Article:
Technion to develop lotus plant-inspired clean anti-fungal technology

Technion scientists receive a European research grant to develop clean anti-fungal technology inspired by the natural properties of the lotus plant.

Prof. Boaz Pokroy

The lotus plant (Nelumbo nucifera) was germinated from seeds that were 1,300 years old and had been recovered from a dry lakebed in northeastern China, causing the Chinese to regard it as a symbol of longevity. 

Lotus plants, which have beautiful buds and flowers, are adapted to grow in the flood plains of slow-moving rivers and delta areas and drop hundreds of thousands of seeds every year to the bottom of the pond. While some sprout immediately and most are eaten by wildlife, the remaining seeds can remain dormant for an extensive period of time as the pond silts in and dries out. During flood conditions, sediments containing these seeds are broken open, and the dormant seeds rehydrate and begin a new lotus colony. Under favorable circumstances, the seeds of this aquatic perennial may remain viable for many years.  

According to the UN Food and Agriculture Organization (FAO), fungal diseases are responsible for destroying a third of all food crops annually, causing immense economical loss and adding to global poverty. For example, powdery mildew is a serious fungal disease that is easily noticeable by patches of white powder found on leaves and attacks a wide range of plants. To treat these diseases, farmers are forced to use synthetic fungicides which are effective, but their extensive overuse and misuse have devastating impacts.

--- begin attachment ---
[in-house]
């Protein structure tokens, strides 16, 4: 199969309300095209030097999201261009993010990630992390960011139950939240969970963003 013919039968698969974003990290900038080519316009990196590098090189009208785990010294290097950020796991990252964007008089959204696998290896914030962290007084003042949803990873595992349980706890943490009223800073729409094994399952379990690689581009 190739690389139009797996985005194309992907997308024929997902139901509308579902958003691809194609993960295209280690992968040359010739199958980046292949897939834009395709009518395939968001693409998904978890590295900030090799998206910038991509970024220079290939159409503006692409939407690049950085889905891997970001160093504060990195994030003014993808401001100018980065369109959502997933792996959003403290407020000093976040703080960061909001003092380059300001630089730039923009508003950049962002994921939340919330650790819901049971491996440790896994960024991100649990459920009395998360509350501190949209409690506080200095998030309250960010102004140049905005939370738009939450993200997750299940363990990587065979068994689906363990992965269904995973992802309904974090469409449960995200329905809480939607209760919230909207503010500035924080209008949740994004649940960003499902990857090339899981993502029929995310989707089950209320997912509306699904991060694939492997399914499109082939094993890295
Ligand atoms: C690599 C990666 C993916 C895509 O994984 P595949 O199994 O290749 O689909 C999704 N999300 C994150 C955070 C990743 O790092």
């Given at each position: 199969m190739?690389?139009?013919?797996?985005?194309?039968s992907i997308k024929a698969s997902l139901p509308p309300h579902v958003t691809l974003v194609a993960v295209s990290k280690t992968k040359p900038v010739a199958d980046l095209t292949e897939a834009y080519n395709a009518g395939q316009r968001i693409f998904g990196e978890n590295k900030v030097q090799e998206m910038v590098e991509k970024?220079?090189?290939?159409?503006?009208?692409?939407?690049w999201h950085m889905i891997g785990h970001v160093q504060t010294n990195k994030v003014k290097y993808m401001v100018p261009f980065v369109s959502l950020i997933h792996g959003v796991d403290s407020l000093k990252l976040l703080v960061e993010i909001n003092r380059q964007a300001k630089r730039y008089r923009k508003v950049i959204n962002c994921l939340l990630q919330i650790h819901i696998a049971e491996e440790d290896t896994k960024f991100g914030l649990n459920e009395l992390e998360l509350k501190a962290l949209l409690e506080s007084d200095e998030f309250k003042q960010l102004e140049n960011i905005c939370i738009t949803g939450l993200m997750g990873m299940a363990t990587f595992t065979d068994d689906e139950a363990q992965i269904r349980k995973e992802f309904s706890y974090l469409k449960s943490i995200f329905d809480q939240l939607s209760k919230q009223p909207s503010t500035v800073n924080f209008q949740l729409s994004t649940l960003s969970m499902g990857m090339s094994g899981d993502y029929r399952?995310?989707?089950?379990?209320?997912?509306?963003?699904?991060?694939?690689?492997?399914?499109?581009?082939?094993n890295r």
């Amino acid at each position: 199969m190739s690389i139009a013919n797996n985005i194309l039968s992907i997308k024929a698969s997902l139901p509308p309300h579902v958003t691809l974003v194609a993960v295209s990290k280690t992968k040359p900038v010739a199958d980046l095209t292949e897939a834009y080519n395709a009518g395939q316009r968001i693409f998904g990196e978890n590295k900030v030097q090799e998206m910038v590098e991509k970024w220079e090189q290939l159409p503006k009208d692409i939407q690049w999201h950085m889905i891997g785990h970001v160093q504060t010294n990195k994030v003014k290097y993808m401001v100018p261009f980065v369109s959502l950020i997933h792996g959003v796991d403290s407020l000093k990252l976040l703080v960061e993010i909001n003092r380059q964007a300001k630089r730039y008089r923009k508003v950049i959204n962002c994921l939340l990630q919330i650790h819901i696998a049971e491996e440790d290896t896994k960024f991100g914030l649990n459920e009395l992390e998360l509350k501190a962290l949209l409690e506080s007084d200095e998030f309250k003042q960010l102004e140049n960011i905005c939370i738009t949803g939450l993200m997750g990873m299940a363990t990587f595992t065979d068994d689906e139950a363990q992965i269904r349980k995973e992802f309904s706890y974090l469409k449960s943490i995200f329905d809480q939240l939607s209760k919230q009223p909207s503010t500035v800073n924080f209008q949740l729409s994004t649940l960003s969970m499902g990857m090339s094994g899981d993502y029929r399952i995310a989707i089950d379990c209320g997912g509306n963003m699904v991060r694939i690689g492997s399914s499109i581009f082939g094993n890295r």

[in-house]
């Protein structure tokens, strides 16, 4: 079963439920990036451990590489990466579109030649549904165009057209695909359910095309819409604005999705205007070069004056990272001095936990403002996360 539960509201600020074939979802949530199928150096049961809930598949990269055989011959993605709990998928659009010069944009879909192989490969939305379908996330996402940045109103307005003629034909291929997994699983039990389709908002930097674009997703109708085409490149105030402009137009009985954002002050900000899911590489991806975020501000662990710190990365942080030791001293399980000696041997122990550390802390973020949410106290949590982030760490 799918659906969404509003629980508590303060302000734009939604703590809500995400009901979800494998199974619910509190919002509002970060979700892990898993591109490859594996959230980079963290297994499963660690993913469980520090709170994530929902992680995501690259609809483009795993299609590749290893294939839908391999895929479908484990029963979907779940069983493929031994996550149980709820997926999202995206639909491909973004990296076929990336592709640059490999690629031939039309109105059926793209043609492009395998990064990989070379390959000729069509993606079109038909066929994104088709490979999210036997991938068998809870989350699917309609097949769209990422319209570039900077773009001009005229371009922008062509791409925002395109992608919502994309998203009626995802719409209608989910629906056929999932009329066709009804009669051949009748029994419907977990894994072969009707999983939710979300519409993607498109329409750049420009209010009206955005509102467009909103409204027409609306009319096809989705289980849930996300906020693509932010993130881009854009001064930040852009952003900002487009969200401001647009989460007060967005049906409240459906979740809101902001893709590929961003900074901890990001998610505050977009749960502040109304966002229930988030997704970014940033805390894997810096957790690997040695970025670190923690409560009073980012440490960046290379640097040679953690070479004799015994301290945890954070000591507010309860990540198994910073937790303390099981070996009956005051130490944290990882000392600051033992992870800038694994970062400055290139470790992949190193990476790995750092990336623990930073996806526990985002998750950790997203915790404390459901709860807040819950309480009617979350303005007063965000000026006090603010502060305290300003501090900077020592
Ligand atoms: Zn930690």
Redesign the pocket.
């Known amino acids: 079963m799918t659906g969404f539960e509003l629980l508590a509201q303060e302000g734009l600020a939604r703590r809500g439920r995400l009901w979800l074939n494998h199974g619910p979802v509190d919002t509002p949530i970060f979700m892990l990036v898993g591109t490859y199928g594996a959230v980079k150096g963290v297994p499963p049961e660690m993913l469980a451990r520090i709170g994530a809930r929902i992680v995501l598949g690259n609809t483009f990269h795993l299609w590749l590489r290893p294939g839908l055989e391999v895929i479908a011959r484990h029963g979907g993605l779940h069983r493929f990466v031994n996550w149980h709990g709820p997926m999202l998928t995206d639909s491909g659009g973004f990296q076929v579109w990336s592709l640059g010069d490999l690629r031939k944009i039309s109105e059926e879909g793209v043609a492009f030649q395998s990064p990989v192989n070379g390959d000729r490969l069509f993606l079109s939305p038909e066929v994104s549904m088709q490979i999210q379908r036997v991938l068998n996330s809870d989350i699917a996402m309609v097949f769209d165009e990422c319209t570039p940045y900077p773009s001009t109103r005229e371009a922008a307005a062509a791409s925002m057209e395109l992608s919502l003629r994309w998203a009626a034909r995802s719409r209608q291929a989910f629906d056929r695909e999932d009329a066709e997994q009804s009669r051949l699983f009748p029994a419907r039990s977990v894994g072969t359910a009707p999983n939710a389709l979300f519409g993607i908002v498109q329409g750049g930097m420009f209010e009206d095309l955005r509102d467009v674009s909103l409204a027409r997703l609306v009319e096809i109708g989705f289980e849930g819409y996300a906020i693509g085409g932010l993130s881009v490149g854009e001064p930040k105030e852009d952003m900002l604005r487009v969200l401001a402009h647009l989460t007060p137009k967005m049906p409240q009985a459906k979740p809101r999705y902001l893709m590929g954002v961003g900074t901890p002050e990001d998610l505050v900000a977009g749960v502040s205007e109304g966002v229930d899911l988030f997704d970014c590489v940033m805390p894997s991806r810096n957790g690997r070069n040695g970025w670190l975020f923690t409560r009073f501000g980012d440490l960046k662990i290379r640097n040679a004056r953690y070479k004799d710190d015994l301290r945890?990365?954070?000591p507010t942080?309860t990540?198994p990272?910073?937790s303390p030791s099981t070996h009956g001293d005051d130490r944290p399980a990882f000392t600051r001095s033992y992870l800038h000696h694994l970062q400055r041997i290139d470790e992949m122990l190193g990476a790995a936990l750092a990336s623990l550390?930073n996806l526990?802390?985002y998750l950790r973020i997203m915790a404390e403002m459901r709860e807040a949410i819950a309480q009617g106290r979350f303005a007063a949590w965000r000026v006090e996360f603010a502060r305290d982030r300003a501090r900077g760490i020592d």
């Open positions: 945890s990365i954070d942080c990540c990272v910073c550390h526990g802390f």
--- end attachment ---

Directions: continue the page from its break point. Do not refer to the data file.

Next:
But now, Prof. Boaz Pokroy of the Faculty of Materials Science and Engineering and Prof. Ester Segal of the Faculty of Biotechnology and Food Engineering at the Technion- Israel Institute of Technology in Haifa have proposed an environmentally friendly alternative inspired by lotus plants for the exploration of which they received a European Innovation Council (EIC) Pathfinder grant of $1.5 million.

The EIC supports the exploration of bold ideas for radically new technologies, welcoming high-risk/high-reward and interdisciplinary cutting-edge science collaborations that are the basis for technological breakthroughs. From among 858 submissions evaluated this year, the EIC selected only 57 projects to be funded.


What is the EU planning to prohibit the use of?

The European Union is planning to prohibit the use of many fungicides due to their toxicity, leaving the grapevine and other crops defenseless unless an effective alternative is found. Europe is therefore eager for the Technion team’s experiments to succeed.

Some plants, like lotus and broccoli, naturally exhibit anti-adhesive wax crystals on their leaf surfaces. These crystals prevent pathogens from attaching to the plant, as the wax renders the plant inaccessible. 

Learning from the crystals of the lotus and the broccoli, Pokroy and Segal created SafeWax, a non-toxic biodegradable formulation made from renewable materials that can be sprayed on any plant and has the same effect as natural plants’ wax. It can also be tuned to filter ultraviolet radiation, prevent sun damage and facilitate water collection from dew condensation – reducing the inevitable effects of climate change. With the worrisome effects of climate change, global population growth and the already existing global food insecurity, the importance of protecting food crops from disease cannot be understated.

Working in collaboration with colleagues from the Università di Bologna, the Institut Français de la Vigne et du Vin and BASF SE, the Technion experts intend to demonstrate SafeWax’s capabilities on the grapevine – a crop of high importance to Europe’s economy, environment, and culture that is highly susceptible to fungal diseases and is, for that reason, the most-frequently treated crop.